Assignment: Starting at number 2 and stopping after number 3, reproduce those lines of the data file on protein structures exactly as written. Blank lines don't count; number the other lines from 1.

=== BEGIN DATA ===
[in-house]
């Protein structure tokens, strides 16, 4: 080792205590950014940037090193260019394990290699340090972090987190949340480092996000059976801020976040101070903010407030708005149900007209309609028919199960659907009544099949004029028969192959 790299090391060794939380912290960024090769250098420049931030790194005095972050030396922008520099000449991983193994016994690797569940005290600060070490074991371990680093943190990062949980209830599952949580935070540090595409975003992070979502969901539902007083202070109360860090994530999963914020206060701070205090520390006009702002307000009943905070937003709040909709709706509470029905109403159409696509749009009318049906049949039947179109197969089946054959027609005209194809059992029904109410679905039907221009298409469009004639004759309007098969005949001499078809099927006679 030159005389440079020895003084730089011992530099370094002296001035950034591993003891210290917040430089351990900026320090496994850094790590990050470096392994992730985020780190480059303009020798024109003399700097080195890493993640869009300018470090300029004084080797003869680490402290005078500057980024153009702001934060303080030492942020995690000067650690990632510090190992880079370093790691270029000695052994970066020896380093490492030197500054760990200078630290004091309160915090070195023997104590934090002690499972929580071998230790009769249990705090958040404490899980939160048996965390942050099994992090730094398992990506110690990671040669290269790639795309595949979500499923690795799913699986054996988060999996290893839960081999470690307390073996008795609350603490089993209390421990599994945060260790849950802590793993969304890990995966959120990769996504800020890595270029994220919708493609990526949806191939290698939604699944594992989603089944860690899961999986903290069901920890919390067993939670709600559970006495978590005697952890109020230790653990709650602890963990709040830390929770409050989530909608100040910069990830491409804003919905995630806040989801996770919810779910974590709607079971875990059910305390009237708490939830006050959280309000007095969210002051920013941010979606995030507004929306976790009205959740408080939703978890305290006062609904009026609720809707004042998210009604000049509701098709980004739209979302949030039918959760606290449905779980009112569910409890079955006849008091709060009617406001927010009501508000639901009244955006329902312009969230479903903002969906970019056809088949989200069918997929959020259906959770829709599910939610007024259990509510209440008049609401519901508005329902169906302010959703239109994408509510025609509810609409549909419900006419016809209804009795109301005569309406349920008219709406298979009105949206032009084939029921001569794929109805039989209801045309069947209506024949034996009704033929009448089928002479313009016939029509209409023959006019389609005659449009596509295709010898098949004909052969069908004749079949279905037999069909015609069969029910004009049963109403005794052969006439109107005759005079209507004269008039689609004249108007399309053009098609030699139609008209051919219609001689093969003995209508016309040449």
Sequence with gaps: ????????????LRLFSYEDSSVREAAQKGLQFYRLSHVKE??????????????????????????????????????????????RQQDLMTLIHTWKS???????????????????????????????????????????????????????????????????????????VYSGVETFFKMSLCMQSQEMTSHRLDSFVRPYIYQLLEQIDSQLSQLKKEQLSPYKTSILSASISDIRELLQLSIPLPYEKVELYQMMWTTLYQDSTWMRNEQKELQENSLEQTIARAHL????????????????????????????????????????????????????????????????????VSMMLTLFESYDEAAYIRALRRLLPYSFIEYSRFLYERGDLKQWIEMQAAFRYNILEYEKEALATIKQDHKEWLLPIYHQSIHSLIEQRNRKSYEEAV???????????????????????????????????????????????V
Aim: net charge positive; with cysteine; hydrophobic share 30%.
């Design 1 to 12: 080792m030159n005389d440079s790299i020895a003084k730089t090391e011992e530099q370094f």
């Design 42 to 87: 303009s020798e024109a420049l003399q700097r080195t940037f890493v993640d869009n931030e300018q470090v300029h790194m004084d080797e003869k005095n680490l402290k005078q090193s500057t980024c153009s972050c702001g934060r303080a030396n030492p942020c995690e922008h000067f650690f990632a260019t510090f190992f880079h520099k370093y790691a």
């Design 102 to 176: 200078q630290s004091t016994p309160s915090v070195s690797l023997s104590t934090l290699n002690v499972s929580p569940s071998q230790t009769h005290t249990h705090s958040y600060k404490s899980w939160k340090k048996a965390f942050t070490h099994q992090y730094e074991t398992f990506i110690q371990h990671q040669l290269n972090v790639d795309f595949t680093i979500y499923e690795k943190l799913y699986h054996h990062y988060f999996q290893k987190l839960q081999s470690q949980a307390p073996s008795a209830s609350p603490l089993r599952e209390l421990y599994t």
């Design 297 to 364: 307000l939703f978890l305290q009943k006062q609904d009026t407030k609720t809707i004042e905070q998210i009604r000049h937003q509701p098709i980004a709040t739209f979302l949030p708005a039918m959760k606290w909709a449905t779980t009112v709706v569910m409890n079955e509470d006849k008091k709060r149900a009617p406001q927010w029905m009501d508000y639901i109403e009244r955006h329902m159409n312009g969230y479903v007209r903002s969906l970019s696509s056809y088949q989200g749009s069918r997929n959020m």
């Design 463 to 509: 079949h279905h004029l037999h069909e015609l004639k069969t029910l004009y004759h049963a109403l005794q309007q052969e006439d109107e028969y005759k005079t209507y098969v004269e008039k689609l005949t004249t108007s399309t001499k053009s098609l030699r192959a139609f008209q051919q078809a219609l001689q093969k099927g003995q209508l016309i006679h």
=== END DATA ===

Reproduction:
């Protein structure tokens, strides 16, 4: 080792205590950014940037090193260019394990290699340090972090987190949340480092996000059976801020976040101070903010407030708005149900007209309609028919199960659907009544099949004029028969192959 790299090391060794939380912290960024090769250098420049931030790194005095972050030396922008520099000449991983193994016994690797569940005290600060070490074991371990680093943190990062949980209830599952949580935070540090595409975003992070979502969901539902007083202070109360860090994530999963914020206060701070205090520390006009702002307000009943905070937003709040909709709706509470029905109403159409696509749009009318049906049949039947179109197969089946054959027609005209194809059992029904109410679905039907221009298409469009004639004759309007098969005949001499078809099927006679 030159005389440079020895003084730089011992530099370094002296001035950034591993003891210290917040430089351990900026320090496994850094790590990050470096392994992730985020780190480059303009020798024109003399700097080195890493993640869009300018470090300029004084080797003869680490402290005078500057980024153009702001934060303080030492942020995690000067650690990632510090190992880079370093790691270029000695052994970066020896380093490492030197500054760990200078630290004091309160915090070195023997104590934090002690499972929580071998230790009769249990705090958040404490899980939160048996965390942050099994992090730094398992990506110690990671040669290269790639795309595949979500499923690795799913699986054996988060999996290893839960081999470690307390073996008795609350603490089993209390421990599994945060260790849950802590793993969304890990995966959120990769996504800020890595270029994220919708493609990526949806191939290698939604699944594992989603089944860690899961999986903290069901920890919390067993939670709600559970006495978590005697952890109020230790653990709650602890963990709040830390929770409050989530909608100040910069990830491409804003919905995630806040989801996770919810779910974590709607079971875990059910305390009237708490939830006050959280309000007095969210002051920013941010979606995030507004929306976790009205959740408080939703978890305290006062609904009026609720809707004042998210009604000049509701098709980004739209979302949030039918959760606290449905779980009112569910409890079955006849008091709060009617406001927010009501508000639901009244955006329902312009969230479903903002969906970019056809088949989200069918997929959020259906959770829709599910939610007024259990509510209440008049609401519901508005329902169906302010959703239109994408509510025609509810609409549909419900006419016809209804009795109301005569309406349920008219709406298979009105949206032009084939029921001569794929109805039989209801045309069947209506024949034996009704033929009448089928002479313009016939029509209409023959006019389609005659449009596509295709010898098949004909052969069908004749079949279905037999069909015609069969029910004009049963109403005794052969006439109107005759005079209507004269008039689609004249108007399309053009098609030699139609008209051919219609001689093969003995209508016309040449």
Sequence with gaps: ????????????LRLFSYEDSSVREAAQKGLQFYRLSHVKE??????????????????????????????????????????????RQQDLMTLIHTWKS???????????????????????????????????????????????????????????????????????????VYSGVETFFKMSLCMQSQEMTSHRLDSFVRPYIYQLLEQIDSQLSQLKKEQLSPYKTSILSASISDIRELLQLSIPLPYEKVELYQMMWTTLYQDSTWMRNEQKELQENSLEQTIARAHL????????????????????????????????????????????????????????????????????VSMMLTLFESYDEAAYIRALRRLLPYSFIEYSRFLYERGDLKQWIEMQAAFRYNILEYEKEALATIKQDHKEWLLPIYHQSIHSLIEQRNRKSYEEAV???????????????????????????????????????????????V